Kareem Abdul-Jabbar | Nate Archibald | Paul Arizin | Charles Barkley | Rick Barry | Elgin Baylor | Dave Bing | Larry Bird | Wilt Chamberlain | Bob Cousy | Dave Cowens | Billy Cunningham | Dave DeBusschere | Clyde Drexler | Julius Erving | Patrick Ewing | Walt Frazier | George Gervin | Hal Greer | John Havlicek | Elvin Hayes | Magic Johnson | Sam Jones | Michael Jordan | Jerry Lucas | Karl Malone | Moses Malone | Pete Maravich | Kevin McHale | George Mikan | Earl Monroe | Hakeem Olajuwon | Shaquille O'Neal | Robert Parish | Bob Pettit | Scottie Pippen | Willis Reed | Oscar Robertson | David Robinson | Bill Russell | Dolph Schayes | Bill Sharman | John Stockton | Isiah Thomas | Nate Thurmond | Wes Unseld | Bill Walton | Jerry West | Lenny Wilkens | James Worthy “NBA” redirects here. ... The 50 Greatest Players in National Basketball Association History (also referred to as the NBAs 50th Anniversary All-Time Team) were chosen in 1996 on the occasion of the fiftieth anniversary of the founding of the National Basketball Association (NBA). ... For the football player, see Abdul-Karim al-Jabbar. ... Nathaniel (Nate) Tiny Archibald (born September 2, 1948 in New York City) is a former professional basketball player. ... Paul Joseph Arizin (April 9, 1928 – December 12, 2006), nicknamed Pitchin Paul, was an American basketball player who spent his entire National Basketball Association career with the Philadelphia Warriors from 1950 to 1962. ... Charles Wade Barkley (born February 20, 1963) is a retired American professional basketball player. ... Richard (Rick) Francis Dennis Barry III (born March 28, 1944, in Elizabeth, New Jersey) is an American former professional basketball player. ... Elgin Gay Baylor (born September 16, 1934 in Washington, D.C.) is an American former basketball forward. ... David Bing (born November 24, 1943 in Washington, D.C.) is a former All-Star player in the National Basketball Association, primarily for the Detroit Pistons from 1966 to 1975. ... This article contains a trivia section. ... Wilton Norman Wilt Chamberlain (August 21, 1936–October 12, 1999), nicknamed Wilt the Stilt and The Big Dipper, was an American professional National Basketball Association (NBA) basketball player for the Philadelphia / San Francisco Warriors, the Philadelphia 76ers and the Los Angeles Lakers; and also played for the Harlem Globetrotters. ... Robert Joseph Cousy (born August 9, 1928 in New York City, is an American former professional basketball player, who played point guard with the NBAs Boston Celtics from 1951 to 1963 and (briefly) with the Cincinnati Royals in the 1969-1970 season, being recognized as one of the greatest... Dave Cowens David William Cowens (born October 25, 1948 in Newport, Kentucky) is a former professional basketball player and NBA Head Coach. ... William John Billy Cunningham (born June 3, 1943 in Brooklyn, New York) is a former pro basketball player, who was nicknamed the Kangaroo Kid, and coach. ... David Albert DeBusschere (October 16, 1940 - May 14, 2003) was a professional basketball player born in Detroit, Michigan. ... Clyde Austin Drexler (born June 22, 1962 in New Orleans, Louisiana) is a former National Basketball Association shooting guard. ... Julius Winfield Erving II (born February 22, 1950 in Roosevelt, New York), commonly known by the nickname Dr. J, is a former American basketball player who helped launch a modern style of play that emphasizes leaping and play above the rim. ... Patrick Aloysius Ewing (born August 5, 1962) is a Jamaican-born American former professional basketball player. ... Walter Clyde Frazier (born March 29, 1945 in Atlanta, Georgia) is an American former basketball player in the National Basketball Association (NBA). ... George Gervin (born April 27, 1952 in Detroit, Michigan) is a former professional basketball player, a shooting guard for the American Basketball Associations (ABA) Virginia Squires and San Antonio Spurs and the National Basketball Associations (NBA) San Antonio Spurs and Chicago Bulls. ... Harold Everett Greer (born June 26, 1936 in Huntington, West Virginia) is a former pro basketball player. ... John J. Havlicek (born April 8, 1940 in Martins Ferry, Ohio) is a former professional basketball player who competed for 16 seasons with the Boston Celtics, winning eight NBA titles, half of them coming in his first four seasons. ... Elvin Ernest Hayes (born November 17, 1945 in Rayville, Louisiana) is considered as one of the all-time great collegiate and professional basketball players. ... Earvin Johnson, Jr. ... Samuel Sam Jones (born June 24, 1933 in Wilmington, North Carolina) is a former professional basketball player. ... For other persons named Michael Jordan, see Michael Jordan (disambiguation). ... This article or section does not cite any references or sources. ... Moses Eugene Malone (born March 23, 1955 in Petersburg, Virginia) is an American former National Basketball Association (NBA) basketball player who also played in the American Basketball Association (ABA), as well as on the NBAs Atlanta Hawks, Houston Rockets, Milwaukee Bucks, Philadelphia 76ers, San Antonio Spurs and Washington Bullets. ... Peter Press Maravich (June 22, 1947 – January 5, 1988) was a Serb-American basketball player known for his dazzling ballhandling, incredible shooting abilities, and creative passing. ... Kevin Edward McHale (born December 19, 1957) is an American former professional basketball player who starred for thirteen seasons in the NBA for the Boston Celtics. ... George Lawrence Mikan, Jr. ... Earl Vernon Monroe (born on November 21, 1944, in Philadelphia, Pennsylvania), was an American professional basketball player known for his flamboyant dribbling, passing and play-making. ... Hakeem Abdul Olajuwon (born Akeem Abdul Olajuwon on January 21, 1963) is a retired Nigerian-American professional basketball player in the National Basketball Association (NBA). ... Shaquille Rashaun ONeal (born March 6, 1972 in Newark, New Jersey), frequently referred to simply as Shaq (pronounced shack), is an American professional basketball player, generally regarded as one of the most dominant in the National Basketball Association (NBA). ... Robert Lee Parish (born August 30, 1953 ) in Shreveport, Louisiana) is a retired American basketball center. ... Bob Pettit (with the ball) as a player of the St. ... Scottie Maurice Pippen (born September 25, 1965 in Hamburg, Arkansas) is a former American professional basketball player who played in the National Basketball Association (NBA), and is most remembered for leading the Chicago Bulls together with Michael Jordan to six championships and being one of the best all-around players... Willis Reed Jr. ... Oscar Palmer Robertson (born November 24, 1938 in Charlotte, Tennessee), nicknamed The Big O, is a former American NBA player with the Cincinnati Royals and the Milwaukee Bucks. ... David Maurice Robinson (born August 6, 1965 in Key West, Florida) is a former NBA basketball player, who is often considered one of the greatest centers to ever play the game. ... William Felton Bill Russell (born February 12, 1934) is a retired American professional basketball player who played center for the Boston Celtics of the NBA. A five-time winner of the NBA Most Valuable Player Award and a twelve-time All-Star, the 6 ft 9 in Russell was the... Adolph Schayes (known as Dolph Schayes) (born May 19, 1928 in New York, New York) was a professional basketball player and coach in the NBA. He played his college basketball at New York University 1944-48. ... William Walton Bill Sharman (born May 25, 1926 in Abilene, Texas) is a former professional basketball player and coach. ... John Houston Stockton (born March 26, 1962) is a former American professional basketball player who spent his entire career (1984–2003) as a point guard for the Utah Jazz of the NBA. Stockton is regarded as one of the best point guards of all time, holding the NBA records for... For the boxer, see Isiah Thomas (boxer). ... Nathaniel Nate Thurmond (born July 25, 1941, in Akron, Ohio) is rated by many one of the best defensive centers ever to play pro basketball, feared and praised by legends including Bob Pettit, Kareem Abdul-Jabbar, and Wilt Chamberlain. ... Westley Sissel Wes Unseld (born March 14, 1946 in Louisville, Kentucky) is an American former basketball player and coach in the NBA. Unseld is a prominent member of Alpha Phi Alpha, the first intercollegiate Greek-letter fraternity established for African-Americans. ... William Theodore Walton III, better known as Bill Walton (born November 5, 1952), is a former American basketball player and current television sportscaster. ... Jerry Alan West (born May 28, 1938, in Chelyan, West Virginia) is a retired basketball player who played his entire professional career in the NBAs Los Angeles Lakers. ... Lenny Wilkens with the Portland Trail Blazers Leonard Randolph Wilkens (born October 28, 1937, in Brooklyn, New York, USA) is a former National Basketball Association player, as well as the NBAs career leader in coaching wins and losses. ... James Ager Worthy (b. ...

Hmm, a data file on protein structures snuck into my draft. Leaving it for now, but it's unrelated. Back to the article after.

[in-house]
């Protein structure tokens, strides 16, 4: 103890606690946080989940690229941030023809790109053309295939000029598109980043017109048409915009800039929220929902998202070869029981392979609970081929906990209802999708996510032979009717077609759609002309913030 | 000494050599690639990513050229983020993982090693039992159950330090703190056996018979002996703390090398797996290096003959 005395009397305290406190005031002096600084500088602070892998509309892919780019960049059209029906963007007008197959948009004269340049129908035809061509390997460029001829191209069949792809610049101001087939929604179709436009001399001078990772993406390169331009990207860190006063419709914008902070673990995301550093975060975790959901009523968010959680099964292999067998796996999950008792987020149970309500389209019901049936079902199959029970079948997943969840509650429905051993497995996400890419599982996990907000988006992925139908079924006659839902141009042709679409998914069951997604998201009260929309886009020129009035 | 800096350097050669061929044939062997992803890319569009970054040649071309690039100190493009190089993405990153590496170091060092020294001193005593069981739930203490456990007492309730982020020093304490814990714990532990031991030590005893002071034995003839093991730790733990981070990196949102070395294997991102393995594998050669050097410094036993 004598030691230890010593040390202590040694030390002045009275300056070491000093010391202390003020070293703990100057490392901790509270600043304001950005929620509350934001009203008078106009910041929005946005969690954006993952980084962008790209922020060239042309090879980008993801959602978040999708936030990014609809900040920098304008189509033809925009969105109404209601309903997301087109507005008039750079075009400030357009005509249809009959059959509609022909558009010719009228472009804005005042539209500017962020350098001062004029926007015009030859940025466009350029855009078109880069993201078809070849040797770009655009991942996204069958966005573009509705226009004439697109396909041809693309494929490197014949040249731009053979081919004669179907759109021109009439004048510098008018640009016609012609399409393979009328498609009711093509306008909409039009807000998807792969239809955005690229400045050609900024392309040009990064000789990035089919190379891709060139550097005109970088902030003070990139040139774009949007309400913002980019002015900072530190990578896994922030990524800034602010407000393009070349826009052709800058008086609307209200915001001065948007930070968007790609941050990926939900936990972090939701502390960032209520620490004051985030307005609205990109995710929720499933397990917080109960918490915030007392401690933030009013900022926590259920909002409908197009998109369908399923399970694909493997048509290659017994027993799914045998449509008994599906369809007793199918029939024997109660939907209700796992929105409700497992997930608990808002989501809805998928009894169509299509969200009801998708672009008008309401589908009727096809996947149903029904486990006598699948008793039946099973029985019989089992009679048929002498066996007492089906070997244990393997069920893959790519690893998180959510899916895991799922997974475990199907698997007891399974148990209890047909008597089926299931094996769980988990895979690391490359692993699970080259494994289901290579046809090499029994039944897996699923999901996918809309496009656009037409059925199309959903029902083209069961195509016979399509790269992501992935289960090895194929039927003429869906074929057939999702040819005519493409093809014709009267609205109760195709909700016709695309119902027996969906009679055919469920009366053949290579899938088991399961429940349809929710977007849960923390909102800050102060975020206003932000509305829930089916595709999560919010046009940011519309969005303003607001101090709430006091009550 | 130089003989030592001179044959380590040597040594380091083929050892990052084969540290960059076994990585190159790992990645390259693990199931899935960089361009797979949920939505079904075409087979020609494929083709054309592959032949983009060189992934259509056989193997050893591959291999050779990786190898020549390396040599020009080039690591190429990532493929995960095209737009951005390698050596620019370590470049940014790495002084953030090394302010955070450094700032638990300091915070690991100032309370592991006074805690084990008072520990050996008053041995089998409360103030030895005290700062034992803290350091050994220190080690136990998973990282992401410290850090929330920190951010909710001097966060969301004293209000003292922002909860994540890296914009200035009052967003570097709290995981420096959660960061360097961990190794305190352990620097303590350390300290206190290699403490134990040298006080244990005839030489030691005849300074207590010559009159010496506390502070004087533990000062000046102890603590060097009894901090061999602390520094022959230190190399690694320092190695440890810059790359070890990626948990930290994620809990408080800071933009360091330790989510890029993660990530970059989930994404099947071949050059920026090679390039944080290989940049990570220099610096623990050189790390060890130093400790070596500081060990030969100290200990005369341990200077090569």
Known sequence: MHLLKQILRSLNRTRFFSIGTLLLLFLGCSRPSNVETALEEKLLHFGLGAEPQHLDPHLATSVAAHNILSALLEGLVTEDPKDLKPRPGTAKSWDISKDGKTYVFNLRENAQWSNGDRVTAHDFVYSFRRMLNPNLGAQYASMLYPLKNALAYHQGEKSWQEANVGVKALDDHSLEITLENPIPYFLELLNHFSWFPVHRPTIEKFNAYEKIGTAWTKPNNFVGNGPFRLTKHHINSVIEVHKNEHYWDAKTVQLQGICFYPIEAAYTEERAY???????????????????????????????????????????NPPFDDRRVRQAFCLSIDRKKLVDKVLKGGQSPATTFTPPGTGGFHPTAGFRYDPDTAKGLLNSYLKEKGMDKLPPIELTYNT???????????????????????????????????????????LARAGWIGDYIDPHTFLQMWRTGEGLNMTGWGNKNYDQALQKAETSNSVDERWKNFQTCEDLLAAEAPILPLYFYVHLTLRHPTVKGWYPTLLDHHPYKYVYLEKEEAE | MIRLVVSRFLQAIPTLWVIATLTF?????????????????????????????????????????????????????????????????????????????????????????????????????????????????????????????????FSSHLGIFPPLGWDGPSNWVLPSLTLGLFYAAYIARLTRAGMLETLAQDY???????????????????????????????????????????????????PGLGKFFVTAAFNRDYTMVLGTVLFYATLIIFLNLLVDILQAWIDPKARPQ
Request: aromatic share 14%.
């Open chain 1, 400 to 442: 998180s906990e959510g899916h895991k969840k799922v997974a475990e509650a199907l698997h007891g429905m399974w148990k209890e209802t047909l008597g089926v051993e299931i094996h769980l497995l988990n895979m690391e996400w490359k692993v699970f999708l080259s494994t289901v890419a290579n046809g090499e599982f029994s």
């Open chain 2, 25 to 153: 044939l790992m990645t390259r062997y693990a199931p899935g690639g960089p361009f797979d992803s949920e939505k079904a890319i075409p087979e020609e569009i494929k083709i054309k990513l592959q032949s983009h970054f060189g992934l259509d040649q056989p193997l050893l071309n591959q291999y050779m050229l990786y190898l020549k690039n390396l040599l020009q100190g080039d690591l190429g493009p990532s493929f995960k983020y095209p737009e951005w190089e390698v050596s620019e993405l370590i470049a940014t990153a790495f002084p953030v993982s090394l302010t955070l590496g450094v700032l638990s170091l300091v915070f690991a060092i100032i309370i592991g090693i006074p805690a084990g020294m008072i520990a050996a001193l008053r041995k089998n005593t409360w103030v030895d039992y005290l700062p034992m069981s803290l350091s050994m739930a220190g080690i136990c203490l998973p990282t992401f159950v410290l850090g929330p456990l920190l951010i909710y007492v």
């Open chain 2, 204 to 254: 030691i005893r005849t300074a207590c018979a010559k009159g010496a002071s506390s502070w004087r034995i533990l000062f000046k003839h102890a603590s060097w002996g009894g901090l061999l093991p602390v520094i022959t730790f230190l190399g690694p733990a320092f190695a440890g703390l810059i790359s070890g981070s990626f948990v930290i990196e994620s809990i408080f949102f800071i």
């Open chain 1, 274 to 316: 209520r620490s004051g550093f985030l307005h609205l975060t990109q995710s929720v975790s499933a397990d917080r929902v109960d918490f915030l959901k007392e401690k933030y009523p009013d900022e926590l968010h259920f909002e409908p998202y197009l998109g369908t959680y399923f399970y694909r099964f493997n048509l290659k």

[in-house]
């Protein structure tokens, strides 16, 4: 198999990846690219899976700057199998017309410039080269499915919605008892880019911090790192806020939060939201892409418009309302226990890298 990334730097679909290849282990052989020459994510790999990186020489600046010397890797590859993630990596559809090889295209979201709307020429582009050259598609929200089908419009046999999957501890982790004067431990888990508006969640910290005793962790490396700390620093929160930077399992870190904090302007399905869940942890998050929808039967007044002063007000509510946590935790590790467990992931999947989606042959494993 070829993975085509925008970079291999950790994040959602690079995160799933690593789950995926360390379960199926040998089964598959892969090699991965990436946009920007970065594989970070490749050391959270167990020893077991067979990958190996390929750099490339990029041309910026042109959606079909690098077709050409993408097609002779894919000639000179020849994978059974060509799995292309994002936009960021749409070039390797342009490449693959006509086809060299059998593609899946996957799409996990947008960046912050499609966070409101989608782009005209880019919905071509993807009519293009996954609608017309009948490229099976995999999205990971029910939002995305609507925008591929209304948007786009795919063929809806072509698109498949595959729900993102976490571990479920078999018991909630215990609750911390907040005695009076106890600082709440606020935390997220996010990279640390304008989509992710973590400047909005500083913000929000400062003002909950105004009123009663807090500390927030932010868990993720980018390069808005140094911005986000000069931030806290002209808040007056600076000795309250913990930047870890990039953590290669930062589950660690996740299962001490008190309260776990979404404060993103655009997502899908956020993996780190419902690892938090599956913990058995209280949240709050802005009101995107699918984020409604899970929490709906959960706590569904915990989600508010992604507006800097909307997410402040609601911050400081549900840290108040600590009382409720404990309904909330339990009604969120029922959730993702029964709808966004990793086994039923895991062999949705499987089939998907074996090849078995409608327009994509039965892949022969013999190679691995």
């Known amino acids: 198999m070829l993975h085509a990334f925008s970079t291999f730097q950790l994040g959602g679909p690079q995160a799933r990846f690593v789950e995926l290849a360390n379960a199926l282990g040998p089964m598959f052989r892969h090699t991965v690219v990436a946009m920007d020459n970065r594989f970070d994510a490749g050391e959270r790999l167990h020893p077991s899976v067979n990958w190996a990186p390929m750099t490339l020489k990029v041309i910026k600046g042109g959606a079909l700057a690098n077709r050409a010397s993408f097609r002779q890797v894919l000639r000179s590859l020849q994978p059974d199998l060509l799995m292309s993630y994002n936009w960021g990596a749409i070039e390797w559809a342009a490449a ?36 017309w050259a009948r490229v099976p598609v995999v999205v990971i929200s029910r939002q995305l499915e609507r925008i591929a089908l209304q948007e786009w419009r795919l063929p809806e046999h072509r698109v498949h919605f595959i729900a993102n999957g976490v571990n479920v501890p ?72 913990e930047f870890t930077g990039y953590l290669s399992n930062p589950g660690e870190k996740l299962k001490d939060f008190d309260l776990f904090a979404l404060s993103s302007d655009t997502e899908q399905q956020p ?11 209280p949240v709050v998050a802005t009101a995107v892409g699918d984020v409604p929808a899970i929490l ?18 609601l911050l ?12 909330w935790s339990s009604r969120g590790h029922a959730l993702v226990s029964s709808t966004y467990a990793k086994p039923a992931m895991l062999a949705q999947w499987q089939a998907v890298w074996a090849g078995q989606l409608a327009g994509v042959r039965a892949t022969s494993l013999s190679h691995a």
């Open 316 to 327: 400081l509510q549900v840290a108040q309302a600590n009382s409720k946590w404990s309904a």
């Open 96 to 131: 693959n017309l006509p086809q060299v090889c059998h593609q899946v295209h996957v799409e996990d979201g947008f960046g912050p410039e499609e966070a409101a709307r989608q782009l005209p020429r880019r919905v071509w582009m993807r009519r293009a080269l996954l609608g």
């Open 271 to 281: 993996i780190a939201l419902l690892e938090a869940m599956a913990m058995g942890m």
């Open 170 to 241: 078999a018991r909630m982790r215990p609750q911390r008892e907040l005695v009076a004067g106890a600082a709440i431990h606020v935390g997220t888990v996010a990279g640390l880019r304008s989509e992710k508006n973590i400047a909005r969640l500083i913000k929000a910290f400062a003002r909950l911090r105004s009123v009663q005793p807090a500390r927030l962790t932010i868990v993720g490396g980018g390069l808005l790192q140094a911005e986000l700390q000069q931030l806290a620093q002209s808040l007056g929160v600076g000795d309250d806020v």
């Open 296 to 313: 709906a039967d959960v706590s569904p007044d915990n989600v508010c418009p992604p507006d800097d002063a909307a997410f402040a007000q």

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Jerry Lucas: Information from Answers.com (1534 words)
Jerry Ray Lucas (born March 30, 1940) was a legendary basketball star from the 1950s to the 1970s, and is now a world-renowned memory education expert.
Lucas was born in Middletown, Ohio, a community of 50,000+ halfway between Dayton and Cincinnati which in the 1940s and 1950s boasted one of the most respected high school basketball programs in the United States.
Lucas was already a playground legend by age 15, as he was already at almost his full-grown height of 6 ft 9 in (2.06 m).
ESPN Classic - Lucas had a secret weapon, his mind (1369 words)
To an earlier generation Jerry Lucas was known for his intelligence and talent on the basketball court.
Lucas and Robertson led the scorers by averaging 17 points on a team whose average margin of victory was 42 points.
While Lucas' junior (24.9 points and a nation-best 17.4 rebounds) and senior (21.8 points and again he was No. 1 in rebounds at 17.8) seasons were sensational on a personal level -- he won Player of the Year honors each year -- both ended in disappointment.